• an integrated understanding of the scientific and engineering principles underlying the four major elements of the field: structure, properties, processing, and performance related to material systems appropriate to the field;
  • the ability to apply and integrate knowledge from each of the above four elements of the field to solve materials selection and design problems;
  • the ability to utilize experimental, statistical and computational methods consistent with the program educational objectives.

2. Faculty: The faculty expertise for the professional area must encompass the four major elements of the field.

These guidelines really do live upto the adjective “broad”! I guess the basic point is that there is *no* one materials curriculum; what is taught in each institution will depend on its (current) strengths and weaknesses. It will also depend on the institution’s history. The course program in materials departments that evolved from formerly metallurgy departments will have a strong skew towards metals for at least a decade.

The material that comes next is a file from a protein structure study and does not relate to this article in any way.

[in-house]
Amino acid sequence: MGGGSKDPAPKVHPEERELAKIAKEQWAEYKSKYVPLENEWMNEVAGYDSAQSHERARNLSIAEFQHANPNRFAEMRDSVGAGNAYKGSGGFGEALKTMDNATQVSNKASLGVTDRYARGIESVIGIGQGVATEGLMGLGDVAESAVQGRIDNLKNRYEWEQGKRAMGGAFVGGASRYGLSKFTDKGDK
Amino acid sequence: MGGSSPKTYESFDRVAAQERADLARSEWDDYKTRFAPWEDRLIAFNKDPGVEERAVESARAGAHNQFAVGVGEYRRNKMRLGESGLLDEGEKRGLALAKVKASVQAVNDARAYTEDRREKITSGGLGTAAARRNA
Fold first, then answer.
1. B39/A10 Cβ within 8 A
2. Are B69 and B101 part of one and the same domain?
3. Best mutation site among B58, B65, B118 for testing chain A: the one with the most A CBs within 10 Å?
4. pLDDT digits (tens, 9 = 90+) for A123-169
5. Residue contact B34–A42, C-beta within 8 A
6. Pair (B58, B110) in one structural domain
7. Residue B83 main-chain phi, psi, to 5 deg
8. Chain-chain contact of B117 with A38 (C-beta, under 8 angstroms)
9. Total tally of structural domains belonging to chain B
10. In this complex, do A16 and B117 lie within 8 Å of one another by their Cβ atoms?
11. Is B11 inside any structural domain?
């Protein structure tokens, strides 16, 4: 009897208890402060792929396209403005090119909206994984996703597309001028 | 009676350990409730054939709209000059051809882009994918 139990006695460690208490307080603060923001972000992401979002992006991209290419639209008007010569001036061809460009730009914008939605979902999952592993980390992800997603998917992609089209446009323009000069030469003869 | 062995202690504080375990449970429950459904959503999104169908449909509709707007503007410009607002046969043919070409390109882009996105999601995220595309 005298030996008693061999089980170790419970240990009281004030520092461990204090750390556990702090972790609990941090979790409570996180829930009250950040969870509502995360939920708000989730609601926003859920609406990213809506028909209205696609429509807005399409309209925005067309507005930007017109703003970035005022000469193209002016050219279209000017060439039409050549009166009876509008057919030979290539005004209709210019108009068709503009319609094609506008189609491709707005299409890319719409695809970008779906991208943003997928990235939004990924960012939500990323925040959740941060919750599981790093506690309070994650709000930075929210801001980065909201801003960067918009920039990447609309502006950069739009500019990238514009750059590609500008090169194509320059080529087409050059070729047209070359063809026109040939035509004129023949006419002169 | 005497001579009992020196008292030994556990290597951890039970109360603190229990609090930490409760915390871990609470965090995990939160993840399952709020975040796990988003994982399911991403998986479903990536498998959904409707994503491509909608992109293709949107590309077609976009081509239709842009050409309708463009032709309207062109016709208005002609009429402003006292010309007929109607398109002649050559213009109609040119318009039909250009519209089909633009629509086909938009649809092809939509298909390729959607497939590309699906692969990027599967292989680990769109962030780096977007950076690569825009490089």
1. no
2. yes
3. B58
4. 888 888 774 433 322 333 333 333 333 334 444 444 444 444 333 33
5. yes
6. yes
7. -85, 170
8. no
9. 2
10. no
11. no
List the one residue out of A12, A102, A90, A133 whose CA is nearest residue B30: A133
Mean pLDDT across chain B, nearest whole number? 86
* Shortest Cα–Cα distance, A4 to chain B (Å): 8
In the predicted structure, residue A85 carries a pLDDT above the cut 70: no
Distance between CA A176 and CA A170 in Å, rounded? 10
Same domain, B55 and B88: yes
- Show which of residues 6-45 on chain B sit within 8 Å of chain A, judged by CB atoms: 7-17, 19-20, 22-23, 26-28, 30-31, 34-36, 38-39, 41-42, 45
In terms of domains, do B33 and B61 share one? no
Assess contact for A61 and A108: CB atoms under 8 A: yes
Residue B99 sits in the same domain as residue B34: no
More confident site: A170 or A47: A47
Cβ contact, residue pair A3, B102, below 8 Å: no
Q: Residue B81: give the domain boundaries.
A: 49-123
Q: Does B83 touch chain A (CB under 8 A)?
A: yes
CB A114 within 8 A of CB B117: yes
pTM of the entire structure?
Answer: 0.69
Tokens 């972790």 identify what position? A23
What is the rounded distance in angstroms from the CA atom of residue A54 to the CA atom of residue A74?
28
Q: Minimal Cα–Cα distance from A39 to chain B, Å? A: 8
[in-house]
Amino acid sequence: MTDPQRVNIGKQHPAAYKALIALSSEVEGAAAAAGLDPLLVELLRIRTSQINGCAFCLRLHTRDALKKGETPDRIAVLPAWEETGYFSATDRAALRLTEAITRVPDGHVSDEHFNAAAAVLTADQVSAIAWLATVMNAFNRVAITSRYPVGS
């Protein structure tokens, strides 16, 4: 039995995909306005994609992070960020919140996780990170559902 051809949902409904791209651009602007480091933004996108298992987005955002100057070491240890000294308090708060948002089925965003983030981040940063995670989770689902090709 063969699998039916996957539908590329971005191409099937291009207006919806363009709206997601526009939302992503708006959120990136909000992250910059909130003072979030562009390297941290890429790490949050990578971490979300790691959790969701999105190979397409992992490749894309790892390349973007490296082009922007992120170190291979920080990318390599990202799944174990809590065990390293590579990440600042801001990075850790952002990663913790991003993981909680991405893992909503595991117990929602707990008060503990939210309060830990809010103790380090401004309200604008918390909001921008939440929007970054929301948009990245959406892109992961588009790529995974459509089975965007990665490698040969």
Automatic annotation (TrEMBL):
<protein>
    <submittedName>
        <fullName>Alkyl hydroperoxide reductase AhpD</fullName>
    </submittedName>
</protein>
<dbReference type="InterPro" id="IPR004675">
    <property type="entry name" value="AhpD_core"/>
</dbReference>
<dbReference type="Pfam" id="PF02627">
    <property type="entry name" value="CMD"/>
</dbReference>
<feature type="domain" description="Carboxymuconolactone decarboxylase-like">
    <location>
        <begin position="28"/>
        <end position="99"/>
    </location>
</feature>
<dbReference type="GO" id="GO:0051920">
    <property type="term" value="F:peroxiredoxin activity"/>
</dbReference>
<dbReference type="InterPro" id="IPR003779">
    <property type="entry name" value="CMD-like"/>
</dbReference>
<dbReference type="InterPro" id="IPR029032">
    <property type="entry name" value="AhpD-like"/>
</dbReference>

To the ABET framework, the only personal observation I would add is this: the value — and, indeed, the charm — of materials science and engineering is its interdisciplinary nature. The field takes interesting pieces from mechanics, physics and chemistry, and combines them with an explicit consideration of processing to create a unique mix that lays a lot of emphasis on materials defects and microstructures. Clearly, the core curriculum should equip the students to see and appreciate this interdisciplinary focus.

Enough of these generalities. Here’s what I think an ideal materials core curriculum should be. It has less than a dozen courses and a few lab courses, all accounting for perhaps 40 credits — about a third of a typical four-year bachelors program.

  1. Bonding, crystal structure, intrinsic (electrical, magnetic, optical) properties
  2. Crystal structure, defects, characterization
  3. Materials thermodynamics
  4. Materials kinetics
  5. Microstructures: solidification, annealing, phase transformations, sintering
  6. Mechanical behaviour
  7. Mineral processing and extractive metallurgy
  8. Chemistry of polymers and polymer processing
  9. Powder processing, sintering
  10. Manufacturing methods